29 April 2009

Slang and acronyms from OIF...cont



From the Soldier side: I had to go back and re-read some of my old e-mails from Iraq and from others to remember some of the "lingo" that was used there. I've had a few comments from "moms" and other family members and friends asking what an acronym stood for. Sorry, but in many cases, each little "camp" or "FOB" will make up their own. The total scope of this acronym and slang thing are only limited by ones skills. I also suspect that in many cases, an EM, NCO or "Zeros" couldn't spell a big work, so they used a made up acronym. (Heck, I do it all the time.)
Oh crap, I just used a bunch of acronyms/slang you may not understand.

FOB: Forward Operating Base--which makes no sense because there is nothing forward...it's all around. EM-Enlisted, NCO-Non Commissioned Officer. Zero- Officer.

On my teams first mission to Fallujah at the end of 04', our command in Baghdad thought we would only work on Camp Fallujah. (Mess Kit Repair -MKR) However, the Marines we were helping needed my team to go into the city a few times. The Gunny said: "If we have your team and a gun, we'll have 2 Victors, then we can go to the CMOC." I had no idea what he was talking about, but I knew it was a job "outside the wire." Our command had told us that they didn't want us to go "outside the wire" without clearance from them. I was not about to tell a Marine Gunny that my team and I couldn't go with them. I'd look like a coward. So, they lent us a SAW and we rolled out with them. (SAW- Squad Automatic Weapon...M-249)


So, in my daily SITREP (Situation Report, for the status of my team) I sent this message to my commander:
Weapons & Ammo: Green


Sensitive items: Green


Troops: 3 + terp: Green


Veh: 1 M1114: Green


Today's mission: Green


Tomorrow: Work out of CMOC from USMC attachment duty.

(Green stood for that item listed as being good to go. Amber-OK, but needs work. Red-not usable, broken, lost, etc.)

I was assuming that my commander wouldn't know what or where the CMOC was...it was in the middle of Fallujah. I didn't even know what it was. It worked. Nobody ever asked me what or where the CMOC was. Civil Military Operation Center.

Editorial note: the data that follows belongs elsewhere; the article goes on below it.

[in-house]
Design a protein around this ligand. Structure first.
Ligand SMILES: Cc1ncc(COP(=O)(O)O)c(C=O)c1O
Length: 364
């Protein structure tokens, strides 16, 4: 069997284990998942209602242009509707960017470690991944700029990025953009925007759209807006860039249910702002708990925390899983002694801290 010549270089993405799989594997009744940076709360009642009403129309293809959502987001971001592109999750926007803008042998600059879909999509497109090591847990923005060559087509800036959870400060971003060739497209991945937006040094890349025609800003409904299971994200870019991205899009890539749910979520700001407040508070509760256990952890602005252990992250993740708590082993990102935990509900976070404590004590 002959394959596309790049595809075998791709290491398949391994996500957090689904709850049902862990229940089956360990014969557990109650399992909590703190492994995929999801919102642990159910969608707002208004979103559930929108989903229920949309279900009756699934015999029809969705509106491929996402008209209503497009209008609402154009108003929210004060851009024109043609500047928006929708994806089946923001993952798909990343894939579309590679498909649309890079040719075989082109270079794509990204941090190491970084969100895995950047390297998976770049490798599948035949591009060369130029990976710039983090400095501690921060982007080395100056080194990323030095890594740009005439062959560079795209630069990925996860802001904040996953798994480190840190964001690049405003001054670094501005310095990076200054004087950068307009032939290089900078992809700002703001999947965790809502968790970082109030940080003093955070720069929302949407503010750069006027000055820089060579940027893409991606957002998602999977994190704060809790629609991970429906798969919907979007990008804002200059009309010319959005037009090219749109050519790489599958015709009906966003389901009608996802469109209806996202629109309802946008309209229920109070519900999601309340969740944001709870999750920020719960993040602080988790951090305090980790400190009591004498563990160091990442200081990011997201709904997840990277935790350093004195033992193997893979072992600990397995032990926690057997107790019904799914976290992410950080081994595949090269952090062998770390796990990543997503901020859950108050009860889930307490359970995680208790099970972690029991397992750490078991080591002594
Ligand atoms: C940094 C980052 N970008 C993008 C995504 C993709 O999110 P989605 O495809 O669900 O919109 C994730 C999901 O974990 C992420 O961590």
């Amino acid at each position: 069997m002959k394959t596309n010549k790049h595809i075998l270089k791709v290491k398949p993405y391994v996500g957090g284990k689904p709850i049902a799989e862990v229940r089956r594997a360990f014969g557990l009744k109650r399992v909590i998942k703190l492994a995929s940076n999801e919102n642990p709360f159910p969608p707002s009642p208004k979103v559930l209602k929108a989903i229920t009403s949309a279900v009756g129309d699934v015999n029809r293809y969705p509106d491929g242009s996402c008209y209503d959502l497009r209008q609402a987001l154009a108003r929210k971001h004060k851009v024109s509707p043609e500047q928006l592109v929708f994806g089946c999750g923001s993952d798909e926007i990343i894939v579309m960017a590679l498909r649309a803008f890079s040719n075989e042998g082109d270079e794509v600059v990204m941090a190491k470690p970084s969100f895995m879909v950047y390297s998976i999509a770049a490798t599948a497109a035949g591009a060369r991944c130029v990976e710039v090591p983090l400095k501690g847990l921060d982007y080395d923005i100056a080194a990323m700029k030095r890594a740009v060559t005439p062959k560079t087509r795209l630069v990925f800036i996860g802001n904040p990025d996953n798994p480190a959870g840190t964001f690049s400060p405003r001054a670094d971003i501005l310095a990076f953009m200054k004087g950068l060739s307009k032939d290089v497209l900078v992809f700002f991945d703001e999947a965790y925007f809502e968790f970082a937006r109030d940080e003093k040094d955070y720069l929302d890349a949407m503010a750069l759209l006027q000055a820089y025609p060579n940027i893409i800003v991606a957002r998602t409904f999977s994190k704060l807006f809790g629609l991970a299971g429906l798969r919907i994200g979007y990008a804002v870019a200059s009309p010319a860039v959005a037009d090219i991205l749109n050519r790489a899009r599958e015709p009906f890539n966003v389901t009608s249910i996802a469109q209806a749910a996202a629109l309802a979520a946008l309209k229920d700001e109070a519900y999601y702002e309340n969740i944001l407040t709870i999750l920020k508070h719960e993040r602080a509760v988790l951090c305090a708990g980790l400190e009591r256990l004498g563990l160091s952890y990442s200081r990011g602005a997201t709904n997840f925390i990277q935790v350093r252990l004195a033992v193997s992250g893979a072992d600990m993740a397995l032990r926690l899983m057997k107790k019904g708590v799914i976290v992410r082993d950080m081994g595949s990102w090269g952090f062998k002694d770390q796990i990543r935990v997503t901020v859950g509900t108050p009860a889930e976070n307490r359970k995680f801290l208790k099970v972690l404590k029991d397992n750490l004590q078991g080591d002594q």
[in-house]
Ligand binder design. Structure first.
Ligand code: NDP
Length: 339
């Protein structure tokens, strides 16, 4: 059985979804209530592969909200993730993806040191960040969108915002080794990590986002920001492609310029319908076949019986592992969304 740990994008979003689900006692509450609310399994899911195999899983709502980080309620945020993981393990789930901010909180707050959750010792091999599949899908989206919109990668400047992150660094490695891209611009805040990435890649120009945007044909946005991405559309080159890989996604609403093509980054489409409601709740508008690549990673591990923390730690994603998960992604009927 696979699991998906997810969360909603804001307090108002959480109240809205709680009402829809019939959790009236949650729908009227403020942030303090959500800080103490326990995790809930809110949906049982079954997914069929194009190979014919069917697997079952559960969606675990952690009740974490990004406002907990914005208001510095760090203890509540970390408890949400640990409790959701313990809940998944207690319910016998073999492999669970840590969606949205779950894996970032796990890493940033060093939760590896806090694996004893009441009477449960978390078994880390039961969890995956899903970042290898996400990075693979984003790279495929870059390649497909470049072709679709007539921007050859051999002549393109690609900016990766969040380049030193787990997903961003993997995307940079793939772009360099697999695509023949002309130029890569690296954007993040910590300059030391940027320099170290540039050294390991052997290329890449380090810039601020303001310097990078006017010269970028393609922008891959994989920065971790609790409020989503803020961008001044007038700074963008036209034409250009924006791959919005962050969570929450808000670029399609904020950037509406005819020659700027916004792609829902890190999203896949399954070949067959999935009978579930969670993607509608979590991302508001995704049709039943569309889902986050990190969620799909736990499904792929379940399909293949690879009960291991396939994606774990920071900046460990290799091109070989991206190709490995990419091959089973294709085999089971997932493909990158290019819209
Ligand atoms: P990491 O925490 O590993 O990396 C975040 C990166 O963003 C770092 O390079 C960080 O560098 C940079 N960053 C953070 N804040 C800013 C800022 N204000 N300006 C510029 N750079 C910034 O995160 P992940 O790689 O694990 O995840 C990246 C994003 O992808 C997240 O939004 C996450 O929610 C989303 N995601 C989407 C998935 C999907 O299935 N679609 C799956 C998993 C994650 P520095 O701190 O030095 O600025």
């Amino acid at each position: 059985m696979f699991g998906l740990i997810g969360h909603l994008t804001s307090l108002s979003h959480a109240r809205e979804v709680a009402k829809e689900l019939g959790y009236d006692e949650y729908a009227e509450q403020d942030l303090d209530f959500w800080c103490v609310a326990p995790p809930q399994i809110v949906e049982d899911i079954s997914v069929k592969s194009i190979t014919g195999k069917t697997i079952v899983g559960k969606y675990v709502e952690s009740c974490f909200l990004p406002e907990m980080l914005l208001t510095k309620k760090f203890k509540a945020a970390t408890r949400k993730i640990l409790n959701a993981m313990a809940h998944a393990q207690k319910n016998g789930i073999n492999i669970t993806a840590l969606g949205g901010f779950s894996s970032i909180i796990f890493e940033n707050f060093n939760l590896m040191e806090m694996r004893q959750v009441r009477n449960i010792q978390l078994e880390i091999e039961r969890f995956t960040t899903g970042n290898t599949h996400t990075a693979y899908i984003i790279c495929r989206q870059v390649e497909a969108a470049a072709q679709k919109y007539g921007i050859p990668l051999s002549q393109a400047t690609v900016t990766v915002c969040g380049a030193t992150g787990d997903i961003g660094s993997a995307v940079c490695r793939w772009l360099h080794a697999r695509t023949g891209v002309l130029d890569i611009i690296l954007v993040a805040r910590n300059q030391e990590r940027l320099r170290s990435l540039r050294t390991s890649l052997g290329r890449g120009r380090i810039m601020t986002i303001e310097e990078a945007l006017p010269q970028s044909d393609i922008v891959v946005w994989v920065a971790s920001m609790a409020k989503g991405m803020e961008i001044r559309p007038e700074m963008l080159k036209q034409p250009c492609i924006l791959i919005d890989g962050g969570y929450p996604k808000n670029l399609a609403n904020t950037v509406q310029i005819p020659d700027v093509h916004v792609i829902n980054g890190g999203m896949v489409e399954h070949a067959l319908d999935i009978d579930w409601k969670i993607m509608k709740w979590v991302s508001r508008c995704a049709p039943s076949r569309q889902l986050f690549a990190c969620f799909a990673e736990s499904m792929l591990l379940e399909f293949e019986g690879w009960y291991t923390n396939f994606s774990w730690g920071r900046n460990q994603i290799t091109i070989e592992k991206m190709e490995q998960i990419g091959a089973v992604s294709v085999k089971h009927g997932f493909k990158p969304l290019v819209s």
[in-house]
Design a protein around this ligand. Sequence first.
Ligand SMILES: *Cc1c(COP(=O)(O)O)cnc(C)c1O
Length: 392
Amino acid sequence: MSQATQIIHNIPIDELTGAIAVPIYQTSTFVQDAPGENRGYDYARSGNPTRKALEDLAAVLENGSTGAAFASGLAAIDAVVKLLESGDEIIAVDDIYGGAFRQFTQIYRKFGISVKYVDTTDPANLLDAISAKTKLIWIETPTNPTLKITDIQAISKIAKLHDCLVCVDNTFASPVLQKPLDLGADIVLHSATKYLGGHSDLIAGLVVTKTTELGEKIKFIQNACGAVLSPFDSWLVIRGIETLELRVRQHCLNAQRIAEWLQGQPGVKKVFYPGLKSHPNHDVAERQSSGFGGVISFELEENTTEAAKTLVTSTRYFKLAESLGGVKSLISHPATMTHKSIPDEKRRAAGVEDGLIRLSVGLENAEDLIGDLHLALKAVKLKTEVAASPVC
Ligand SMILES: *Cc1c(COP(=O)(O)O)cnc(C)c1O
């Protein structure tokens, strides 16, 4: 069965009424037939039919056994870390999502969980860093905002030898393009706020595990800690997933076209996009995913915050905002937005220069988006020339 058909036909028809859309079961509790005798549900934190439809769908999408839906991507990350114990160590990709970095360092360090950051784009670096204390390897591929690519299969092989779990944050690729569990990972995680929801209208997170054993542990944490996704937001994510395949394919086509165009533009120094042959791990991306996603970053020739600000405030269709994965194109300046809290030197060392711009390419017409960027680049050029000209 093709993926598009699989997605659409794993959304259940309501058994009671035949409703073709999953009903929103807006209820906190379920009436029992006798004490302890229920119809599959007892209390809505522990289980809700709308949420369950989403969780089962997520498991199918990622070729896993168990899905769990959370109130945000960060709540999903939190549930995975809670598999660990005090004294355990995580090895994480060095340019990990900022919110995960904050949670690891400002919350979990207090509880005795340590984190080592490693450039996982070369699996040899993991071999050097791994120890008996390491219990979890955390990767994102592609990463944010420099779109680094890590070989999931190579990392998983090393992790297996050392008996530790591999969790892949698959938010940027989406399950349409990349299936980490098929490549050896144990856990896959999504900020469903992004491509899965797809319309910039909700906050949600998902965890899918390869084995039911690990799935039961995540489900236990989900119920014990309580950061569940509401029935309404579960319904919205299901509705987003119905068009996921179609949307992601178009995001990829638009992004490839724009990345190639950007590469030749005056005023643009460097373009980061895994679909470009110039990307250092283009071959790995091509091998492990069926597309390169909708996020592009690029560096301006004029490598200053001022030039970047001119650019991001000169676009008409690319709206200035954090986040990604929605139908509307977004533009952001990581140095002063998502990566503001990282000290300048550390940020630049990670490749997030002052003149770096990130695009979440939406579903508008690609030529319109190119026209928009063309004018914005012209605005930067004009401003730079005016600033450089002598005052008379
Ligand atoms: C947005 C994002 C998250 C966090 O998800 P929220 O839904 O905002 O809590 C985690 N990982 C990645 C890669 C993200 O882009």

Here's a beginning list of more useful info:
Ate up: A soldier who is not able to do anything right. Also: ATFU-Ate the fuck up.
Battle rattle : Full battle rattle is close to 50 pounds worth of gear, including IBA (Improve Body Armor, Kevlar helmet, gas mask, ammunition, weapons, and other basic military equipment. One component is the soft vest that covers the torso the shoulders and the back. It's made of soft material, a mixture of Kevlar and Twaron. These are sown together in sort of a sandwich fashion inside a nylon camouflage-pattern shell. The nylon vest has attaching points for load-bearing equipment. The second component of the system is ceramic plates that fit in pockets in the front and back of the vest. These plates protect the heart and lungs. Any TV news report from Iraq or Afghanistan shows American service members wearing "full battle rattle."



BIAP : Baghdad International Airport (where we flew in and out of Iraq)



Bombaconda : nickname for LSA Anaconda, , a major base near Balad, reflecting the frequent mortar attacks.





I often found it very useful to make up acronyms to get something done, to confuse others, and just for fun. I felt many times we had to make up our own fun...or, as I said: "We put the fun in dysfunctional."
I'll post more useful info later.

3 comments:

~J said...

OK terp..
So is a 'SAPI plate' part of 'battle rattle'?


"We put the fun in dysfunctional."
heehee...I like that. :)

CI-Roller Dude said...

Sorry, I am still in acronym recovery...
The Small Arms Protective Insert (SAPI) is a ceramic plate fielded by the US military. It was first used in the Interceptor body armor, a bullet resistant vest. It is now also used in the Improved Outer Tactical Vest as well as the Modular Tactical Vest, in addition to commercially available "plate carriers". The kevlar Interceptor vest itself is designed to stop projectiles up to and including 9x19mm Parabellum submachine gun rounds, in addition to fragmentation. To protect against higher velocity rifle rounds, SAPI plates are needed.

Wrexie said...

Cool...a ceramic plate can do all that?
Thanks for the translation.
I like this blog...you have lots of good info here.

I think I'd like to hear some of the acronyms you made up. That sounds like some fun.
I think I might make up a few myself...